Practice food safety when the power goes out
Here's what you need to know about food safety and avoiding foodborne illness when the lights go out.
Mon, Oct 29, 2012 at 03:28 PM
Photo: Flashy Soup Can/flickr
When you lose power — whether it’s from flooding, high winds or another disaster — food safety can be an issue. The longer the power is out, the more likely your food is to spoil, but knowing how to protect your food and determine if it’s safe to eat will help minimize the risk of foodborne illness.
Meat, eggs and dairy should be kept at or below 40 degrees F, and frozen food should maintain a temperature at or below 0 degrees F. If you lose power, the refrigerator will maintain food safety for about four hours if the door remains closed.
A full freezer will maintain its temperature for approximately two days — if the freezer is half full, food will stay frozen for about 24 hours. If you don’t have a full freezer, place items close together to help the food stay cold longer.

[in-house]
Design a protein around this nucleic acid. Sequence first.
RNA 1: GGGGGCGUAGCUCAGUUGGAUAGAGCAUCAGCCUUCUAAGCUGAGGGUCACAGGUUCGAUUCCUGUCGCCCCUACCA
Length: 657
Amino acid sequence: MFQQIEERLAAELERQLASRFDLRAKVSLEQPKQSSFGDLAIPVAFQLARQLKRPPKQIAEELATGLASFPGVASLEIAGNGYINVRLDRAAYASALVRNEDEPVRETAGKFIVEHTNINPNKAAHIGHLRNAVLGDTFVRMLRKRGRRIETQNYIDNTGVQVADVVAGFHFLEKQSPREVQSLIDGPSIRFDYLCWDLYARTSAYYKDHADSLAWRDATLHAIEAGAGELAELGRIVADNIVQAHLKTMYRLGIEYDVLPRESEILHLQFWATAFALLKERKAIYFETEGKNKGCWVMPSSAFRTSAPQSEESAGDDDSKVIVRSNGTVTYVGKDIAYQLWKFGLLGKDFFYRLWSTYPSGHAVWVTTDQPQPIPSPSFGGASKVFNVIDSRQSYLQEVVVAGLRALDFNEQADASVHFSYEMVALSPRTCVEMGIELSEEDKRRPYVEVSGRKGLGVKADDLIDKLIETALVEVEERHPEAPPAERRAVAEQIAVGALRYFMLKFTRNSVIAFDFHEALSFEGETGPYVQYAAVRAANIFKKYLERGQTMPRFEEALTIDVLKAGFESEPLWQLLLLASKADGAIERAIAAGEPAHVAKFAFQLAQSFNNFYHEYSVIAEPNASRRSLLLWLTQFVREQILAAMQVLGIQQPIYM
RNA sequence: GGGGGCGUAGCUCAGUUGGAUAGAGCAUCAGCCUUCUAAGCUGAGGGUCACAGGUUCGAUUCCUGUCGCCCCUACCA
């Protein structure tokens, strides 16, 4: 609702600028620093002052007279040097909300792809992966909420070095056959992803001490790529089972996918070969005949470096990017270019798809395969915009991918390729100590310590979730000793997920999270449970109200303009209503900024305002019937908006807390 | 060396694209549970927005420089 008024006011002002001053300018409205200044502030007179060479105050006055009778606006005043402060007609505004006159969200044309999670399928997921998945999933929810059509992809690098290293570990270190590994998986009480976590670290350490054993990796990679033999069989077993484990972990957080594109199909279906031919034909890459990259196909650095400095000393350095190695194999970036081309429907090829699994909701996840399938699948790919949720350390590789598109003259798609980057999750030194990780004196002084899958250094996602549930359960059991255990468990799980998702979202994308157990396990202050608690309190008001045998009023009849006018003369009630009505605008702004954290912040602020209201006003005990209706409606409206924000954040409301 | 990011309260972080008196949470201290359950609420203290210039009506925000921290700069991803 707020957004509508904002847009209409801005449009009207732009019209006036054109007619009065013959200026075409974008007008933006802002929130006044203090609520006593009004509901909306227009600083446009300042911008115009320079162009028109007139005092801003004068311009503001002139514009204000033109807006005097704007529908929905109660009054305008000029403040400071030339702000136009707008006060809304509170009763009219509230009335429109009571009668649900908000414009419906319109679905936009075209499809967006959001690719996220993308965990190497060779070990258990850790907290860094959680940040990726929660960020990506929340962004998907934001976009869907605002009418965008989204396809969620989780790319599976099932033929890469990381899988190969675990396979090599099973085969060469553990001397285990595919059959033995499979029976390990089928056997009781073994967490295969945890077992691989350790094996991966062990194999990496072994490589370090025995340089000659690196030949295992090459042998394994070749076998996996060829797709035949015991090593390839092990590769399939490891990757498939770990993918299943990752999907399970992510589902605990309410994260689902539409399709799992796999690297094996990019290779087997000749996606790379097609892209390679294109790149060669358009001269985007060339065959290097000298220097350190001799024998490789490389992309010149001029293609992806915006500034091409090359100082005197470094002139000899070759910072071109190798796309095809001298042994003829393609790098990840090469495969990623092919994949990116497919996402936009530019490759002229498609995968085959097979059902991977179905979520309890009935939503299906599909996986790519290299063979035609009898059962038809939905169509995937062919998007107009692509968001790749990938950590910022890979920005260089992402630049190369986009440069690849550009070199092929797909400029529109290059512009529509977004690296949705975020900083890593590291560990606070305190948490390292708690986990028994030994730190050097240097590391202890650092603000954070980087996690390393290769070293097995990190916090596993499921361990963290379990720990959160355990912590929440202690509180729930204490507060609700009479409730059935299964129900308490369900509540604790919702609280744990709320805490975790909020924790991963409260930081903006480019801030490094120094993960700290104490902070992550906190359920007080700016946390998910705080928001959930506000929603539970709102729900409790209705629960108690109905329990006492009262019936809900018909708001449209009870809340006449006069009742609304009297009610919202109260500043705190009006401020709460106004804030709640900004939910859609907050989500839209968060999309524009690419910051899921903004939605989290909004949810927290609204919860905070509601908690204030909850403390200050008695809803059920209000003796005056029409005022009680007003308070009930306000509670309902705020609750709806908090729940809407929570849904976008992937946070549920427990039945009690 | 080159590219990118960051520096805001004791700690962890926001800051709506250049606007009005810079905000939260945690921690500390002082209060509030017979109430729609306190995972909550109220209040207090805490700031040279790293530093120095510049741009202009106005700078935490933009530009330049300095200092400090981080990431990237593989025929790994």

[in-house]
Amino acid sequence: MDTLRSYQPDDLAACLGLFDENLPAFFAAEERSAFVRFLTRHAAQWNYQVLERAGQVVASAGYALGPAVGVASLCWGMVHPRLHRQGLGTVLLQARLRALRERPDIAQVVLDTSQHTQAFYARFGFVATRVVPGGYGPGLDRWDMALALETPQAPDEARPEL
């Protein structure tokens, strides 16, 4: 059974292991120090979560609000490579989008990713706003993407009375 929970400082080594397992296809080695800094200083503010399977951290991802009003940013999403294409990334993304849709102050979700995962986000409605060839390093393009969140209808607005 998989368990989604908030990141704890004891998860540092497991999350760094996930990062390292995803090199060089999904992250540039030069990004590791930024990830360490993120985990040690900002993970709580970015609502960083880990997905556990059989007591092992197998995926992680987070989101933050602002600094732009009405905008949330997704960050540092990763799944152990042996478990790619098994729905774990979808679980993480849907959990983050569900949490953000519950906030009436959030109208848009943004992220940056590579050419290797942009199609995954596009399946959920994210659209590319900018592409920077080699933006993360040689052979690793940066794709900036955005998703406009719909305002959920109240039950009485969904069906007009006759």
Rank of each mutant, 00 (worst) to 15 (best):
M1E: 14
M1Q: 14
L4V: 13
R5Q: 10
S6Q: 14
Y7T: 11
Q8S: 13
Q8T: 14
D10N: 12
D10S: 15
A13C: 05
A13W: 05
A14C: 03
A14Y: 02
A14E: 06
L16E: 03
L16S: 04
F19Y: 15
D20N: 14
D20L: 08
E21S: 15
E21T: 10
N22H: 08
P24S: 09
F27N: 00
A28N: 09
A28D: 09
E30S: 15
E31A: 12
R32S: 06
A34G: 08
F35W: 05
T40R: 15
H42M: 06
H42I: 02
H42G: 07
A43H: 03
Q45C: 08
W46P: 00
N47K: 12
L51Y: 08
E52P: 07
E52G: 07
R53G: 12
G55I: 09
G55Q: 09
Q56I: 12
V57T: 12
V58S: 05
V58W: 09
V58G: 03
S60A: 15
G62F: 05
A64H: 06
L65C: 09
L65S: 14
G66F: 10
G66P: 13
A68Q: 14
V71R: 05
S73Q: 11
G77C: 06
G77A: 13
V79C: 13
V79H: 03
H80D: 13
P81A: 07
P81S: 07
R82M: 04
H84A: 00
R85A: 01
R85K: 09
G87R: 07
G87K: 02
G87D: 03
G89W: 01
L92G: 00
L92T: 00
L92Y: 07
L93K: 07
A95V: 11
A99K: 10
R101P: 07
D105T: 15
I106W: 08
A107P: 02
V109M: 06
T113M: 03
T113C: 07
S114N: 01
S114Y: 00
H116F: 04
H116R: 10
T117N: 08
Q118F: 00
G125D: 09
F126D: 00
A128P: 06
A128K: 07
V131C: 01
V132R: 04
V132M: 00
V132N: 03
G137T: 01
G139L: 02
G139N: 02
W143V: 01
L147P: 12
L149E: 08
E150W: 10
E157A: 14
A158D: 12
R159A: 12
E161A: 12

If you expect you could lose power, the United States Department of Agriculture (USDA) suggests obtaining dry or block ice ahead of time to keep food at a safe temperature. Fifty pounds of dry ice will keep an 18-cubic foot freezer cold for two days.
Coolers are another option for keeping food safe and cold if the power goes out for more than four hours. Keep frozen gel packs in the freezer that can be placed in coolers in the event you lose power.
It’s a good idea to keep food thermometers in the refrigerator and freezer at all times so you know if food is safe to eat. Generally, if the freezer temperature stays at 40 degrees F or below, the food is safe and can be refrozen, according to the USDA.
Also, keep food on hand that doesn’t require refrigeration and can be eaten cold or heated without an oven or microwave. Canned goods, bottled water and other nonperishable items should be part of your emergency food supply. If you have pets or small children, also stock up on pet food and ready-to-use baby formula.
To learn more about food safety during an emergency, check out the USDA’s emergency preparedness fact sheet.
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